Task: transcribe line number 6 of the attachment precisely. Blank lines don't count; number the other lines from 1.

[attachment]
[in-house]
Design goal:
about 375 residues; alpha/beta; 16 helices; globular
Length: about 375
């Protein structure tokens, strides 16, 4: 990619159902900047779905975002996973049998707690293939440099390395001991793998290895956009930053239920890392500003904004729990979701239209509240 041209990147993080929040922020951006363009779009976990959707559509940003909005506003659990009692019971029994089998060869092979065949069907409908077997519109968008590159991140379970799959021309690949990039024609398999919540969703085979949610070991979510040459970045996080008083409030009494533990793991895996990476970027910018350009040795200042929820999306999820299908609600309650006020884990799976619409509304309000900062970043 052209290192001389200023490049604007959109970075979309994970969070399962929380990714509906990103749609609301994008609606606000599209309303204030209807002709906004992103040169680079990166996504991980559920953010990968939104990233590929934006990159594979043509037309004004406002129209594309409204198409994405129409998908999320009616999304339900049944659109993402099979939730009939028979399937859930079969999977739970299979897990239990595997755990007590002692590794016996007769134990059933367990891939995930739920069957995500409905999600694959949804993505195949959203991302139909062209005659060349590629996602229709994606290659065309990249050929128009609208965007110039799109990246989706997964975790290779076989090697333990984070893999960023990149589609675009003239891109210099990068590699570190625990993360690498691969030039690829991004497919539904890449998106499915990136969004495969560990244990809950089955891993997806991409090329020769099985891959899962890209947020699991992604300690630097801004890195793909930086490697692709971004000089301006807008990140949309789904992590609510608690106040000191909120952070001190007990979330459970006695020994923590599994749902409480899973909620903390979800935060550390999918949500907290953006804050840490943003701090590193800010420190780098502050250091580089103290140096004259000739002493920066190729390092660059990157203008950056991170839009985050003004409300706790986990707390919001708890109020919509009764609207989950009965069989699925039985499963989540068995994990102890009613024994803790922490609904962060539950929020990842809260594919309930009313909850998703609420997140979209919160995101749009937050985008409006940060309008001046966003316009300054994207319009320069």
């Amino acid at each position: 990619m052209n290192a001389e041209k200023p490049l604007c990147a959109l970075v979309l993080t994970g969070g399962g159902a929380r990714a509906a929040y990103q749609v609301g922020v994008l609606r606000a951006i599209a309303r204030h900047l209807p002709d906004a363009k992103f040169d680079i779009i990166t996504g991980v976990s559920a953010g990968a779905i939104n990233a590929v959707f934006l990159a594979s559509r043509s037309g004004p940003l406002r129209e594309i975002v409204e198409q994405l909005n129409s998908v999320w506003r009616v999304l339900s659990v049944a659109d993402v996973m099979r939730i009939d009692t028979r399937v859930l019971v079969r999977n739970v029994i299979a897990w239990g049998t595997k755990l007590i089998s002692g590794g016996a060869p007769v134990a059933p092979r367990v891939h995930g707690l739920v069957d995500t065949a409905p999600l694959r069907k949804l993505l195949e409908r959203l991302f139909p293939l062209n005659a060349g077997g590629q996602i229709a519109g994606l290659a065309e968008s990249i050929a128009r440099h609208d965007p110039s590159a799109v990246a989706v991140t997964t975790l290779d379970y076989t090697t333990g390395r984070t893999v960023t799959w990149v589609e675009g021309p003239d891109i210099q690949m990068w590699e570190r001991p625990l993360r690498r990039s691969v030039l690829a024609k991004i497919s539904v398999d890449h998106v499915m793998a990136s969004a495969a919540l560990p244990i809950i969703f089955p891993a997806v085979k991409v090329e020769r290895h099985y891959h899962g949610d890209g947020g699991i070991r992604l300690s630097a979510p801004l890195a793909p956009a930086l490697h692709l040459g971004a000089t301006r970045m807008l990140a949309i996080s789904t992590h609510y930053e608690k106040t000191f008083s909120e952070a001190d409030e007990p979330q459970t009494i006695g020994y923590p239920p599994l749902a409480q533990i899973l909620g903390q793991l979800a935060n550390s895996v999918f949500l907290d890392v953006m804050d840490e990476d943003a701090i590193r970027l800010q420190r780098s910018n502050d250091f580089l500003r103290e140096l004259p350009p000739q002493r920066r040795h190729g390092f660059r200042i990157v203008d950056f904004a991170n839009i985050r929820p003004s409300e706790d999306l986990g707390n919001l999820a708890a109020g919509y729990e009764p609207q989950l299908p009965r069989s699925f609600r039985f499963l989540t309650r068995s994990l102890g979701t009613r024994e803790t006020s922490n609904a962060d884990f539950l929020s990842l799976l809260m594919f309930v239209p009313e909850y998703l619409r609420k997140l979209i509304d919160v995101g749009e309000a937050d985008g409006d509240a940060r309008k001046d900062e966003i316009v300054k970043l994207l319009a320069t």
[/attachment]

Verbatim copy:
């Amino acid at each position: 990619m052209n290192a001389e041209k200023p490049l604007c990147a959109l970075v979309l993080t994970g969070g399962g159902a929380r990714a509906a929040y990103q749609v609301g922020v994008l609606r606000a951006i599209a309303r204030h900047l209807p002709d906004a363009k992103f040169d680079i779009i990166t996504g991980v976990s559920a953010g990968a779905i939104n990233a590929v959707f934006l990159a594979s559509r043509s037309g004004p940003l406002r129209e594309i975002v409204e198409q994405l909005n129409s998908v999320w506003r009616v999304l339900s659990v049944a659109d993402v996973m099979r939730i009939d009692t028979r399937v859930l019971v079969r999977n739970v029994i299979a897990w239990g049998t595997k755990l007590i089998s002692g590794g016996a060869p007769v134990a059933p092979r367990v891939h995930g707690l739920v069957d995500t065949a409905p999600l694959r069907k949804l993505l195949e409908r959203l991302f139909p293939l062209n005659a060349g077997g590629q996602i229709a519109g994606l290659a065309e968008s990249i050929a128009r440099h609208d965007p110039s590159a799109v990246a989706v991140t997964t975790l290779d379970y076989t090697t333990g390395r984070t893999v960023t799959w990149v589609e675009g021309p003239d891109i210099q690949m990068w590699e570190r001991p625990l993360r690498r990039s691969v030039l690829a024609k991004i497919s539904v398999d890449h998106v499915m793998a990136s969004a495969a919540l560990p244990i809950i969703f089955p891993a997806v085979k991409v090329e020769r290895h099985y891959h899962g949610d890209g947020g699991i070991r992604l300690s630097a979510p801004l890195a793909p956009a930086l490697h692709l040459g971004a000089t301006r970045m807008l990140a949309i996080s789904t992590h609510y930053e608690k106040t000191f008083s909120e952070a001190d409030e007990p979330q459970t009494i006695g020994y923590p239920p599994l749902a409480q533990i899973l909620g903390q793991l979800a935060n550390s895996v999918f949500l907290d890392v953006m804050d840490e990476d943003a701090i590193r970027l800010q420190r780098s910018n502050d250091f580089l500003r103290e140096l004259p350009p000739q002493r920066r040795h190729g390092f660059r200042i990157v203008d950056f904004a991170n839009i985050r929820p003004s409300e706790d999306l986990g707390n919001l999820a708890a109020g919509y729990e009764p609207q989950l299908p009965r069989s699925f609600r039985f499963l989540t309650r068995s994990l102890g979701t009613r024994e803790t006020s922490n609904a962060d884990f539950l929020s990842l799976l809260m594919f309930v239209p009313e909850y998703l619409r609420k997140l979209i509304d919160v995101g749009e309000a937050d985008g409006d509240a940060r309008k001046d900062e966003i316009v300054k970043l994207l319009a320069t």